How much can a man take before he breaks? That’s the question posed and answered – in some style – by A Hijacking, a big screen offering from one of Denmark’s small-screen maestros.
Partly set on a tramp steamer in the Indian Ocean and partly in the gleaming European offices of the ship’s owners, A Hijacking is a tension-filled voyage helped on its way with some stellar performances by some familiar faces from the strong recent crop of Danish dramas.
Chugging across the Indian Ocean, the cargo ship MV Rozen is heading for harbour when it is boarded by Somali pirates. Among the ship’s multinational crew are cook Mikkel (Pilou Asbaek) and engineer Jan (Roland Moller) who, along with the captain, are herded into cramped quarters.
Back in Copenhagen the CEO of the shipping company (Soren Malling) enlists a professional negotiator (Gary Skjoldmose) and embarks on a three-month game of cat-and-mouse played out over thousands of miles between a sweltering, fear-filled ship and the cool, business-like corporate offices.
The pedigree of the cast and crew should attract interest from anyone who has found themselves gripped by Denmark’s televisual offerings in the last few years. Director Tobias Lindholm wrote several episodes of the acclaimed Borgen, which also starred Asbaek. Malling, meanwhile, was Sarah Lund‘s grumpy partner Jan Meyer in the first series of The Killing (and was in Wallander for good measure).
Lindholm keeps things tight, though, and proves that Danes can do short-form as well as longer episodic drama.
Filmed somewhat daringly in pirate country on a ship that had previously been hijacked, Lindholm also keeps it real in Denmark – Gary Skjoldmose isn’t an actor but a real-life hostage negotiator. Essentially playing himself, Skjoldmose is pretty good and his scenes with the obstinate CEO are taut (although it’s distracting that the CEO’s gopher is played by Ajay Naidu, a man who looks disconcertingly like Office Space‘s Samir Naga…Naga…not going to work here anymore).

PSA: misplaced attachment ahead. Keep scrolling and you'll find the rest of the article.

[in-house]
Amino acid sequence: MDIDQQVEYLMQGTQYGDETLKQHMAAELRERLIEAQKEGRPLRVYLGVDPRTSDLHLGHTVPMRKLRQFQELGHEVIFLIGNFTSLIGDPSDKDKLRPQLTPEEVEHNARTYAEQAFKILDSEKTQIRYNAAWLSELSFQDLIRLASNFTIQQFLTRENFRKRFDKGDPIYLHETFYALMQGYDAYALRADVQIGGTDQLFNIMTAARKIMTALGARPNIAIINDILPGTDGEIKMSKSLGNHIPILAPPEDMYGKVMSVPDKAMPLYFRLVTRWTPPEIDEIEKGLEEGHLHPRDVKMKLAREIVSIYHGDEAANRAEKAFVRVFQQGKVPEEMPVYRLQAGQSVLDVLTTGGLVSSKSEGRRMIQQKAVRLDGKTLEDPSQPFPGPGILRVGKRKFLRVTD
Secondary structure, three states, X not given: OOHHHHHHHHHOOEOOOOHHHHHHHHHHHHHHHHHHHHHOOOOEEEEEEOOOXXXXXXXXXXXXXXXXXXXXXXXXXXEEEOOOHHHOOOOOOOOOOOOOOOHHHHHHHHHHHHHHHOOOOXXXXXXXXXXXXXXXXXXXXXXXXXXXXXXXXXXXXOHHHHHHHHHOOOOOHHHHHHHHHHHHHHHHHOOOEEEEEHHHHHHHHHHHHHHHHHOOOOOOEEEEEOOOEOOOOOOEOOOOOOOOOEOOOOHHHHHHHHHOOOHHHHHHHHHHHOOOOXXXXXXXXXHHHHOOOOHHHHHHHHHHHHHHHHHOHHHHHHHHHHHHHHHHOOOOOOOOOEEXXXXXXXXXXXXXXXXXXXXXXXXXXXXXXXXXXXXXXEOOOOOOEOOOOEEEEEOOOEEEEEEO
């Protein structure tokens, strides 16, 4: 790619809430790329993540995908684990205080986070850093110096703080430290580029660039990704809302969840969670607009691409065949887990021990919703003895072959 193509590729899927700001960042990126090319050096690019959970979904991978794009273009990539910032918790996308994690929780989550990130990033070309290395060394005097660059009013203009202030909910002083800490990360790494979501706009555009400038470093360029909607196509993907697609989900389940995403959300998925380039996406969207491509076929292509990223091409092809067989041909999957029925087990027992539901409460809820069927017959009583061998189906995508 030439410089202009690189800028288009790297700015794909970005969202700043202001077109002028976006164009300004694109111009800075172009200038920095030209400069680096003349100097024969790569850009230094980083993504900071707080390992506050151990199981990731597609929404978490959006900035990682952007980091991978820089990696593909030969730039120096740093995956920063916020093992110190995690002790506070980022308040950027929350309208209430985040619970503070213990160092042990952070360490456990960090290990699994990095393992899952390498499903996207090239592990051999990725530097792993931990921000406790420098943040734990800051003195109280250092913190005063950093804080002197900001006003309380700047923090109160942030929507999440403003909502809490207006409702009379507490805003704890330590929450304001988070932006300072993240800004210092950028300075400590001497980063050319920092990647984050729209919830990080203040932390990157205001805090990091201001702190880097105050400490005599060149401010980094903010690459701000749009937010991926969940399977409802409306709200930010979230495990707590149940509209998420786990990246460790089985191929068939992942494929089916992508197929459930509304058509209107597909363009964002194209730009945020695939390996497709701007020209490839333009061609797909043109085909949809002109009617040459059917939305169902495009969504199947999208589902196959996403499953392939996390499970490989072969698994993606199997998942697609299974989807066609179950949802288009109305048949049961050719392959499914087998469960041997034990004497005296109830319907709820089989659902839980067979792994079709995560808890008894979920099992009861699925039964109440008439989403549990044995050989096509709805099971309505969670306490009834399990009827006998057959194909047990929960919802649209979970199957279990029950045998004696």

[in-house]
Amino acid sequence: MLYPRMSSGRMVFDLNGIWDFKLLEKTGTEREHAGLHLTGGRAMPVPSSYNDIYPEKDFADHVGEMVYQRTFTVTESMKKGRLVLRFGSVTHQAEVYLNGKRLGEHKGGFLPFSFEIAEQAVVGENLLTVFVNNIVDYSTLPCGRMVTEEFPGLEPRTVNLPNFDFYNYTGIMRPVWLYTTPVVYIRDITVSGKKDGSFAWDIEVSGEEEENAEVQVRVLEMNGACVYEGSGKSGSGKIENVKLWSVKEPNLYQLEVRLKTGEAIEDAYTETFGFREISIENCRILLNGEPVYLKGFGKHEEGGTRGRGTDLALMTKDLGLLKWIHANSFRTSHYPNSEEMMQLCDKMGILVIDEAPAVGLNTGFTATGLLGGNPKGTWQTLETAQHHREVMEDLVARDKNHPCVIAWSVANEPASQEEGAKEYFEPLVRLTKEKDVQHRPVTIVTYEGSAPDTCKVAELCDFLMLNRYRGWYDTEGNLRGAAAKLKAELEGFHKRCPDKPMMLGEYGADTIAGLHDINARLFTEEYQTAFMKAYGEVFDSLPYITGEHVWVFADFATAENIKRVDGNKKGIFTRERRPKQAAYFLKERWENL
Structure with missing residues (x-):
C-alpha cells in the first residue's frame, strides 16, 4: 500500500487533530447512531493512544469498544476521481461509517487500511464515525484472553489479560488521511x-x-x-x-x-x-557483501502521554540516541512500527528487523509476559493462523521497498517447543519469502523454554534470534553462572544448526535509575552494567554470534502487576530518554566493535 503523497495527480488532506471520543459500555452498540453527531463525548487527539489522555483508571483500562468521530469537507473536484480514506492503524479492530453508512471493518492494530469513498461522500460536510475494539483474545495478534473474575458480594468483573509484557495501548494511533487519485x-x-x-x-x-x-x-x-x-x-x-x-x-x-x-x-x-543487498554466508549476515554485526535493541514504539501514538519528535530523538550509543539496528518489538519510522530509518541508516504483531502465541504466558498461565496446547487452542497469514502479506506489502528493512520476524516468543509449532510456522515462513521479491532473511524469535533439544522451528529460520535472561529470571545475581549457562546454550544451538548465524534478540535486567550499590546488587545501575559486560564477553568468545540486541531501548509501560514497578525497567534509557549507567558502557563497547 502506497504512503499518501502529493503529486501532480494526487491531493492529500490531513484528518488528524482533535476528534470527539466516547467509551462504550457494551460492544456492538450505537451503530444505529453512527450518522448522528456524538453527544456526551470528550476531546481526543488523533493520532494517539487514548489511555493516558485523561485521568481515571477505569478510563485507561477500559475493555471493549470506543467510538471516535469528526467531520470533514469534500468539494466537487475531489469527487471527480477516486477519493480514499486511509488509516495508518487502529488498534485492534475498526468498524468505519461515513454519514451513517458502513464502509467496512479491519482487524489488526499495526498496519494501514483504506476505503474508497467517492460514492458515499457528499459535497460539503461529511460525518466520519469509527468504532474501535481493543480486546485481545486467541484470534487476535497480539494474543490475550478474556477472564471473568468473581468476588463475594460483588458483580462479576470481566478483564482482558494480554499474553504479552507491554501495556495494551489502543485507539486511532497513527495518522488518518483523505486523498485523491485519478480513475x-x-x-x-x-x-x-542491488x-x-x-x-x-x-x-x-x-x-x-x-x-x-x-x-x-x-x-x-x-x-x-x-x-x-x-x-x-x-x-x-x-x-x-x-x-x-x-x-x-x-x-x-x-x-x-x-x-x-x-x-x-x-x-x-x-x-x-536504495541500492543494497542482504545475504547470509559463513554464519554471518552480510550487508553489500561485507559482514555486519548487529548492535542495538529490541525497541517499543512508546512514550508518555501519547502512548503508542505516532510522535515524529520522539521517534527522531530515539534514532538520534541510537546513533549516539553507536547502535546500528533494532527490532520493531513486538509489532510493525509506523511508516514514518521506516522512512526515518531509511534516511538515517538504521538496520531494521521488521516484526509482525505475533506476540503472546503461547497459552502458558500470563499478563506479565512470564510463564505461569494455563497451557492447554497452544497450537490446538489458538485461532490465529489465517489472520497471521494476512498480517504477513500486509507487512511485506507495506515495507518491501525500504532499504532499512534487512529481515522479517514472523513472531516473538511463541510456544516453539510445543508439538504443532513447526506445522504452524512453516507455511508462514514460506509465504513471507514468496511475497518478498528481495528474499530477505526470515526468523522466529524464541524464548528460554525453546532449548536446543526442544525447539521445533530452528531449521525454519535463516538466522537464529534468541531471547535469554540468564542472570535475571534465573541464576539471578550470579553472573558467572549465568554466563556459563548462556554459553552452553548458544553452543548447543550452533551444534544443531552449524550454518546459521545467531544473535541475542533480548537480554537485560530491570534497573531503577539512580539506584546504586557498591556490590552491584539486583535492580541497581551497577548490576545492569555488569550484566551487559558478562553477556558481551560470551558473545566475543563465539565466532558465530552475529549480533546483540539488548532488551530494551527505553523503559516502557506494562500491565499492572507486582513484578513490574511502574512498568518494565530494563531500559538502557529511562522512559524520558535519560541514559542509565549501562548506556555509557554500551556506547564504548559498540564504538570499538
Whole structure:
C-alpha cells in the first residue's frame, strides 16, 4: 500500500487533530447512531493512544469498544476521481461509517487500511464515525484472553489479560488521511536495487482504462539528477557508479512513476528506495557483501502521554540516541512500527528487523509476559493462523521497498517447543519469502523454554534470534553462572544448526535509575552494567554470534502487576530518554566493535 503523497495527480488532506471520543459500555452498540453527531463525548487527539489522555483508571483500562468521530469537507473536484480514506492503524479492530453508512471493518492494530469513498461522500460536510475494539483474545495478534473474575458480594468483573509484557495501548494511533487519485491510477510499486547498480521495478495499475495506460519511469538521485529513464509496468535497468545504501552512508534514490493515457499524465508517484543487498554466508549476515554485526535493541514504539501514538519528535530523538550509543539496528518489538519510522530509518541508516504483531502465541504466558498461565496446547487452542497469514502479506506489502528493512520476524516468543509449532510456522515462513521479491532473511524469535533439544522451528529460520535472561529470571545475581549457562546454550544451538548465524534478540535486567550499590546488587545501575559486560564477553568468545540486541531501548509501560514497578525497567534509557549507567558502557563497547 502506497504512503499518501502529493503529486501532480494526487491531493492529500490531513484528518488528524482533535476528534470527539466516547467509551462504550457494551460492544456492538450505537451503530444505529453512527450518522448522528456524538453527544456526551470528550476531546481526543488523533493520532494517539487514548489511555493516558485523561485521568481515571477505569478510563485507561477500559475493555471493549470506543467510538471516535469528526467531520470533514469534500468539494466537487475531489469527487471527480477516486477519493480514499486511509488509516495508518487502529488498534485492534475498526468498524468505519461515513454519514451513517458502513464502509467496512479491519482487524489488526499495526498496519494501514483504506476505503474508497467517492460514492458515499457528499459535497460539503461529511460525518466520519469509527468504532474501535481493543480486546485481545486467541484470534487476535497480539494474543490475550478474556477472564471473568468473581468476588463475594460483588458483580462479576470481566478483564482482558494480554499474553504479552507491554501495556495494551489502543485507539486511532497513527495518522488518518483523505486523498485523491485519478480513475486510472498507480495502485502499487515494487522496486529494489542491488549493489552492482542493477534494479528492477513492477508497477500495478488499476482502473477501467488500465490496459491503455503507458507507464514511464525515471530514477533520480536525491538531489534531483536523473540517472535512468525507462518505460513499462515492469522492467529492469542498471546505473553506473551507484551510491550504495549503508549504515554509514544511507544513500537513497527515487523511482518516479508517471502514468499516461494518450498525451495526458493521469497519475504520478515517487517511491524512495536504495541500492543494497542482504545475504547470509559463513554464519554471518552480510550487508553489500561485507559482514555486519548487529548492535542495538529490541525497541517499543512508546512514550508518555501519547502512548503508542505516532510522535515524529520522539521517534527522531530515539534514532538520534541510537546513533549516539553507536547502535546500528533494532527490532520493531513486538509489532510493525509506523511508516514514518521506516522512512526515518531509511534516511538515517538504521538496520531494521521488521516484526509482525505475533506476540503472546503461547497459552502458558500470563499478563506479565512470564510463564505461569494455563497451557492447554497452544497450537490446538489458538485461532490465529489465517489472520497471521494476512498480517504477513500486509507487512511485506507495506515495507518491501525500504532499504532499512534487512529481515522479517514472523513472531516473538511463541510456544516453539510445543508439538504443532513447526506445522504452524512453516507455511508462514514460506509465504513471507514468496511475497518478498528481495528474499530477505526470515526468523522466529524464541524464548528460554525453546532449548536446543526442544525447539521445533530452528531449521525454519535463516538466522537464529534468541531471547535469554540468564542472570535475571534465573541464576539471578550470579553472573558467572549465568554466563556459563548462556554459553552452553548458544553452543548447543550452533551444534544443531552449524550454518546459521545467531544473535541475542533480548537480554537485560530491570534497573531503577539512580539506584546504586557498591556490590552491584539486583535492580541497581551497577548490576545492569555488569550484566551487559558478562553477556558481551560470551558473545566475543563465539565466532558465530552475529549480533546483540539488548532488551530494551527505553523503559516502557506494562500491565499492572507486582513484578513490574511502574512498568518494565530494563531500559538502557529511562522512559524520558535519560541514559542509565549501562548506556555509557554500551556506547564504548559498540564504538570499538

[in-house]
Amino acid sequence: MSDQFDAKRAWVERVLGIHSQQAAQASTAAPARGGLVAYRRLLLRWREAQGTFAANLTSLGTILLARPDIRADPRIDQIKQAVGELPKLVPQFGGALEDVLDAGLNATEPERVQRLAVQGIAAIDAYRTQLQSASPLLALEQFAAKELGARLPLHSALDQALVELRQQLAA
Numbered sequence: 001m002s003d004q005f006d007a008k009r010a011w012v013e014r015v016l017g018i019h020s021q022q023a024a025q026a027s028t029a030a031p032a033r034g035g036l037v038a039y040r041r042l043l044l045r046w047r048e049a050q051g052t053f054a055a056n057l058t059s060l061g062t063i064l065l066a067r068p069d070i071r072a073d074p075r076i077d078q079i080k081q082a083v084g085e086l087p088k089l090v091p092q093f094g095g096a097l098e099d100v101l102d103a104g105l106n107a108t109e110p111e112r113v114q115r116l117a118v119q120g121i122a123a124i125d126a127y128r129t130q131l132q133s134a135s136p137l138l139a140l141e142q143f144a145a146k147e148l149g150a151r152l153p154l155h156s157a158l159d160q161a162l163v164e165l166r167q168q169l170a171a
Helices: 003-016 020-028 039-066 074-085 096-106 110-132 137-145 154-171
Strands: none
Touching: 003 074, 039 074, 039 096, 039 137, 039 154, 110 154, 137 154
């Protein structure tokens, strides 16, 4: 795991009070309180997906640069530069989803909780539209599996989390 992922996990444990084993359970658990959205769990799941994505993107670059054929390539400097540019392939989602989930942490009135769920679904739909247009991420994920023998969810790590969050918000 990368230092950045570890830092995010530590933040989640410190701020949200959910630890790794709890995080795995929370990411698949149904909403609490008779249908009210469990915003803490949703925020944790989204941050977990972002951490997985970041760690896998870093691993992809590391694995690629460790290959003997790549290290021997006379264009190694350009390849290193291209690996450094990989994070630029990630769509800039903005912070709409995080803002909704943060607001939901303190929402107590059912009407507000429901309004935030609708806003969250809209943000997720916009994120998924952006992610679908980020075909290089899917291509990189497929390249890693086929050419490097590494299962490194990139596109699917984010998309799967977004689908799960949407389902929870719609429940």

Malling’s uptight executive suffers under the pressure of dealing with a situation over which he has no control, his impotence visibly diminishing him. Meanwhile on the high seas the fantastic Mikkel crumbles before our eyes, becoming a faint shadow of the smiling figure whose picture is pinned to the emergency room wall back in Denmark.
Their common ground is Omar (Abdihakin Asgar), the pirates’ translator and go-between and the man tasked with squeezing as much money out of the situation as possible. Skilled in the psychological arts, Omar is a tremendous brooding presence who finagles his way under the skin of cook and CEO alike.
Although A Hijacking is broadly based on the hijackings of Danish-owned freighters in 2007 and 2008, Lindholm is honest enough to say that it cannot be seen as the truth about what happens in such a situation because such a truth does not exist.
But in applying the sort of forensic Danish logic and attention to detail that would make Sarah Lund proud, Lindholm has found some truth about what can drive a man to the edge, what can hold him from it and what can push him over.
Don’t let this one sail without you.